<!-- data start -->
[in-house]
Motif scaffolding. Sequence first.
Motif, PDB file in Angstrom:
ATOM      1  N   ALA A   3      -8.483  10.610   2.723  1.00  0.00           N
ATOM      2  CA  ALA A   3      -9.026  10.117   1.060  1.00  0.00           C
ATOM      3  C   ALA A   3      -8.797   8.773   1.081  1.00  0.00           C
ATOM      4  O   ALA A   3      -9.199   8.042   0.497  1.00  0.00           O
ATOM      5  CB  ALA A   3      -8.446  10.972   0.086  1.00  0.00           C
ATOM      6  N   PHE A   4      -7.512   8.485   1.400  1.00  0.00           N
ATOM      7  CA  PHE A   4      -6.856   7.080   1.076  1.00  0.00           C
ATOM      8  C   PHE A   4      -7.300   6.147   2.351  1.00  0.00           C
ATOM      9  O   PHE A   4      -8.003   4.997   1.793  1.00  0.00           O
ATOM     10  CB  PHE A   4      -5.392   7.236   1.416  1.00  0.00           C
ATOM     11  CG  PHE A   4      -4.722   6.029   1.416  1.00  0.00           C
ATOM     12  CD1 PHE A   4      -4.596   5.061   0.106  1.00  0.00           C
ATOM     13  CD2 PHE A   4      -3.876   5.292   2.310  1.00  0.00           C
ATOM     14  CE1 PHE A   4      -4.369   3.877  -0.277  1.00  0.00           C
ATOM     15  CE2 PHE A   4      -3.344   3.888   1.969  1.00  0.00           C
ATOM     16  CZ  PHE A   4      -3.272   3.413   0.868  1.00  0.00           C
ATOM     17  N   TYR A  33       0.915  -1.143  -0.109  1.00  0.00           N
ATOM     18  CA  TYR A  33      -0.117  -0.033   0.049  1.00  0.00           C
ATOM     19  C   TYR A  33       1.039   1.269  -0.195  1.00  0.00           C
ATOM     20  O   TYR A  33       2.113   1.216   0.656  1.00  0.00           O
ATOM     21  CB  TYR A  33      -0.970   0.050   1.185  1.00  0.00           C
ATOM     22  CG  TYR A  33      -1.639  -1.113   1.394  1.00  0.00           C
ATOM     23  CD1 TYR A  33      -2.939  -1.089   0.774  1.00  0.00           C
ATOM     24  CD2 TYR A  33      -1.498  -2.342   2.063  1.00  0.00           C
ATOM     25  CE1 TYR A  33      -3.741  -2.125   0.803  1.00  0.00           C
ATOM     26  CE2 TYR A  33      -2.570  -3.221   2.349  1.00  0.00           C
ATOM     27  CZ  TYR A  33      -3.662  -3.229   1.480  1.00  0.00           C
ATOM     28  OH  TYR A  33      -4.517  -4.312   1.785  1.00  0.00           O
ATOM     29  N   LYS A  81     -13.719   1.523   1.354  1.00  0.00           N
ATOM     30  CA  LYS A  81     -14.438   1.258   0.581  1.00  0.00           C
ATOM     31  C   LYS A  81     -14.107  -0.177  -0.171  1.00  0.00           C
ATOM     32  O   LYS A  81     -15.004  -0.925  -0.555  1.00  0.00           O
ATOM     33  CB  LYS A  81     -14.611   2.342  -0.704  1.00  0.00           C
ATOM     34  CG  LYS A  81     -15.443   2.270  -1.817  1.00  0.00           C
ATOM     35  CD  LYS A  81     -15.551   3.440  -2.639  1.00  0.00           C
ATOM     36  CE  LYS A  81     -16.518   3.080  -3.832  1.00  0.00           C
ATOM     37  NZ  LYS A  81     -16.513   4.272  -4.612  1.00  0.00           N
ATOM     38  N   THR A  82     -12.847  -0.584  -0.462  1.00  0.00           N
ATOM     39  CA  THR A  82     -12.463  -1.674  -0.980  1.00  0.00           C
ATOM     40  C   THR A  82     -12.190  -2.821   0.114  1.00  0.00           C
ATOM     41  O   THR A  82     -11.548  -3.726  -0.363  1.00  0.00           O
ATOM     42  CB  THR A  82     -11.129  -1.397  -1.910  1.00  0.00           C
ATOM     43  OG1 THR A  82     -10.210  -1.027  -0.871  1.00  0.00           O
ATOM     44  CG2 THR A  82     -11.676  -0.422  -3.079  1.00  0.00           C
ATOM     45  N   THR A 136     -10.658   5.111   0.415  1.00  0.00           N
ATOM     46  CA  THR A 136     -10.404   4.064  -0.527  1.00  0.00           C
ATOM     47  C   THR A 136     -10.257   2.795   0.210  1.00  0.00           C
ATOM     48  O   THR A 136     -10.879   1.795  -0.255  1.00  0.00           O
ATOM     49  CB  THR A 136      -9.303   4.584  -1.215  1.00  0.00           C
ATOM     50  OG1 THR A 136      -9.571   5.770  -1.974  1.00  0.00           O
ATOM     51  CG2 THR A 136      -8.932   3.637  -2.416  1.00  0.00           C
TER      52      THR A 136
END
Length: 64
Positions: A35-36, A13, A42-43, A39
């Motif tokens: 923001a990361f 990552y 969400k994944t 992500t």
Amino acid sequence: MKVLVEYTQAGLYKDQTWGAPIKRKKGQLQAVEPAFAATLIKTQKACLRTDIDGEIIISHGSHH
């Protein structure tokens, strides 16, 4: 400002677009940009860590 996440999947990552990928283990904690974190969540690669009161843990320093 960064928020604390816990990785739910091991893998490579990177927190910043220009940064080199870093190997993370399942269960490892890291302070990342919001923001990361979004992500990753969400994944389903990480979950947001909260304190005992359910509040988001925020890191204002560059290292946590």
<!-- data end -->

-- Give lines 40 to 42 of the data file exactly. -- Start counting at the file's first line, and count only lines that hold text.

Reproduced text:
ATOM     37  NZ  LYS A  81     -16.513   4.272  -4.612  1.00  0.00           N
ATOM     38  N   THR A  82     -12.847  -0.584  -0.462  1.00  0.00           N
ATOM     39  CA  THR A  82     -12.463  -1.674  -0.980  1.00  0.00           C